There are also other cases where specific knowledge limits are observed by law. Somewhat to my shame, I once participated in a program where local law enforcement dogs were trained to sniff out drugs. I personally planted drugs in various containers (i.e wrap the brick of dope in three layers of oil soaked plastic, and stick it in the middle of a half full coffee container, seal it, put it on the highest kitchen shelf, wipe down the area, then see if the dog can alert on it when the handler didn't know where I hid it either and couldn't give the dog subconsious cues.). This included attending a controlled burn and such, so if I were to testify that I smelled Cannabis, it would count as expert testimony, and that testimony could not be impeached with questions about how I happened to know for sure that what I smelled was pot, say from an opposing lawyer. Most citizens can't make that claim - they either have to admit they know what pot smells like from illegal use, or all they can say is they thought whatever they smelled might be pot. I could theoretically be compelled to testify if subpoenaed, but most people can't. That pesky 'truth, the whole truth and nothing but the truth' bit means, in the US at least, you don't generally have a legal obligation to say what you don't know to be true, but only suspect.
          In addition, most ISPs don't employ someone who could make a determination, say, whether a person in an erotic photo was of legal age or a year or two under, or whether those nuclear bomb diagrams have anything classified in them (or would even work) or not. Most ISPs don't employ anyone who is a recognized specialist in copyright law either. Yes, it can be argued that common knowledge should cause employees to suspect a current piece of popular music or TV show is copyrighted and a violation is likely taking place, but expecting that to translate to knowing the status of 30 year old TV shows or music is another story. There's also the normal limits of age and obscurity - a typical 20 year old may have no reason to know whether Woody Herman recorded that file in the 1990's or the 1930's, and a typical 50 year old may have no idea who A Flock of Seagulls or Front 242 was, let alone whatever's popular now. If a person has no idea if the music comes from a commercial source and not a garage band sharing its own files, how can the law demand that person follow up on suspicions they may simply not have?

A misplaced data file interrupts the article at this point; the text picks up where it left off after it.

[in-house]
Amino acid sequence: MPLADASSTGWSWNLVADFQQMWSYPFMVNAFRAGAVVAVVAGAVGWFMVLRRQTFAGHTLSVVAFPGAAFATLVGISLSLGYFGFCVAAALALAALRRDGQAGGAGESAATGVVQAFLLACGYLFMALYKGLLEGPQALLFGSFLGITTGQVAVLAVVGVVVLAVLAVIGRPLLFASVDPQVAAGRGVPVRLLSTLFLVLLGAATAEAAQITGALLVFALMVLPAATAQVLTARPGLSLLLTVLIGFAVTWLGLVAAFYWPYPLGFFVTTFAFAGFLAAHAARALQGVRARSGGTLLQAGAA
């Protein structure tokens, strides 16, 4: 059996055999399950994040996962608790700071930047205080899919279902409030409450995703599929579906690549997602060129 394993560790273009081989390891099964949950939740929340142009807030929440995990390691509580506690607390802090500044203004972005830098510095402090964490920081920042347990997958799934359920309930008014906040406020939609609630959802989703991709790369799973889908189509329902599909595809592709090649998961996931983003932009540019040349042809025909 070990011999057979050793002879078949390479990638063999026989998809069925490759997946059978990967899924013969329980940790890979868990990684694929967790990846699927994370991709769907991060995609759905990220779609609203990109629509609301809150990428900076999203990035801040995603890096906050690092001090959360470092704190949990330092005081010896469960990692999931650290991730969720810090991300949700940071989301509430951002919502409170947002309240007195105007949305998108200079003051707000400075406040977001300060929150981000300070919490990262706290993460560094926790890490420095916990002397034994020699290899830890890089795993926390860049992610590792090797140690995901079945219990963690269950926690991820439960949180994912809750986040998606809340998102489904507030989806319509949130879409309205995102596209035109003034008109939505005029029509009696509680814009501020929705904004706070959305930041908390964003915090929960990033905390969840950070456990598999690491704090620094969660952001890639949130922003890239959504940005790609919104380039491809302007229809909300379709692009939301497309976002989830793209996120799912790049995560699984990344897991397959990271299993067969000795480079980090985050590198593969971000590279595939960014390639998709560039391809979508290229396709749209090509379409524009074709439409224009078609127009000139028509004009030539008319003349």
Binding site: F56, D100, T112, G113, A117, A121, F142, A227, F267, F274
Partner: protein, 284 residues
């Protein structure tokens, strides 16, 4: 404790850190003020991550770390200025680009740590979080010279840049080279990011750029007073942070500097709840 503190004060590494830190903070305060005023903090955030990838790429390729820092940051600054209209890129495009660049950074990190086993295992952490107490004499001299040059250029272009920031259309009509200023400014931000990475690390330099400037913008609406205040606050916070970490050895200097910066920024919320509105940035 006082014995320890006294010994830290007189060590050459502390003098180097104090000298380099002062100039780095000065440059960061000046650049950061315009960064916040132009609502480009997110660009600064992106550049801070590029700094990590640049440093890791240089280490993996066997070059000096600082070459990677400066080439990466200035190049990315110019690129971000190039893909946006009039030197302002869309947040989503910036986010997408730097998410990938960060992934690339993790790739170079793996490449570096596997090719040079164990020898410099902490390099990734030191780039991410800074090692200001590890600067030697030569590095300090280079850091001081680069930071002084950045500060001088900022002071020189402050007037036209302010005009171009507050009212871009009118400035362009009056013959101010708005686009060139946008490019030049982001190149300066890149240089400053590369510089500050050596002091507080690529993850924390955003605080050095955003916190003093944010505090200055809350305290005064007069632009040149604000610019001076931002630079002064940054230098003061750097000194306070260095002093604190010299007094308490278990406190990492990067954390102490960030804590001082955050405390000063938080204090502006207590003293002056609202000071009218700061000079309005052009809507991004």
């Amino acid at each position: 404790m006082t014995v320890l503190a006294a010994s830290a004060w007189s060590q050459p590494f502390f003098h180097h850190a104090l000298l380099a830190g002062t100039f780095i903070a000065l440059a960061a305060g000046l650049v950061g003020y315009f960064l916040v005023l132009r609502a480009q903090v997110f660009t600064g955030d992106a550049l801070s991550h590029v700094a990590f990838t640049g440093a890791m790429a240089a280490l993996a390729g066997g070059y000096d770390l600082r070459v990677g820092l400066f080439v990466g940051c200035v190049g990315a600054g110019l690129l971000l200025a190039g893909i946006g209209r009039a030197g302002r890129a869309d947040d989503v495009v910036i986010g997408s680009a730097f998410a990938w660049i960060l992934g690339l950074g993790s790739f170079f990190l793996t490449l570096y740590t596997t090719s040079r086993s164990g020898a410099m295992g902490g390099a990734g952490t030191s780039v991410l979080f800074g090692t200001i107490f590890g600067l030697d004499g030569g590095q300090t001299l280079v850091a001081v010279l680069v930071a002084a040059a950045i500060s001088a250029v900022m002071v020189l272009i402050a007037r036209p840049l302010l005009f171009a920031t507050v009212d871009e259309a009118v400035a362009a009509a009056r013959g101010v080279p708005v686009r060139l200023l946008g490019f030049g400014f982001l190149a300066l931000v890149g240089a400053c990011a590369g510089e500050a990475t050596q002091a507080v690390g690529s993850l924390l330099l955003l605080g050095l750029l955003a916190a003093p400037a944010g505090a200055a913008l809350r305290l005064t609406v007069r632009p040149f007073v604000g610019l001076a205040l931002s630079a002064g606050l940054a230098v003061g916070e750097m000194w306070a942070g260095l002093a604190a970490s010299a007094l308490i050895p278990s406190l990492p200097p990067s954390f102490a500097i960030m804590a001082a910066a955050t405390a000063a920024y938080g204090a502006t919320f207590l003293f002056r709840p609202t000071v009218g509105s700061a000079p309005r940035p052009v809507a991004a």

Re:Which attacks on freedom of speech? (0)

Anonymous Coward | more than 3 years ago | (#34087156)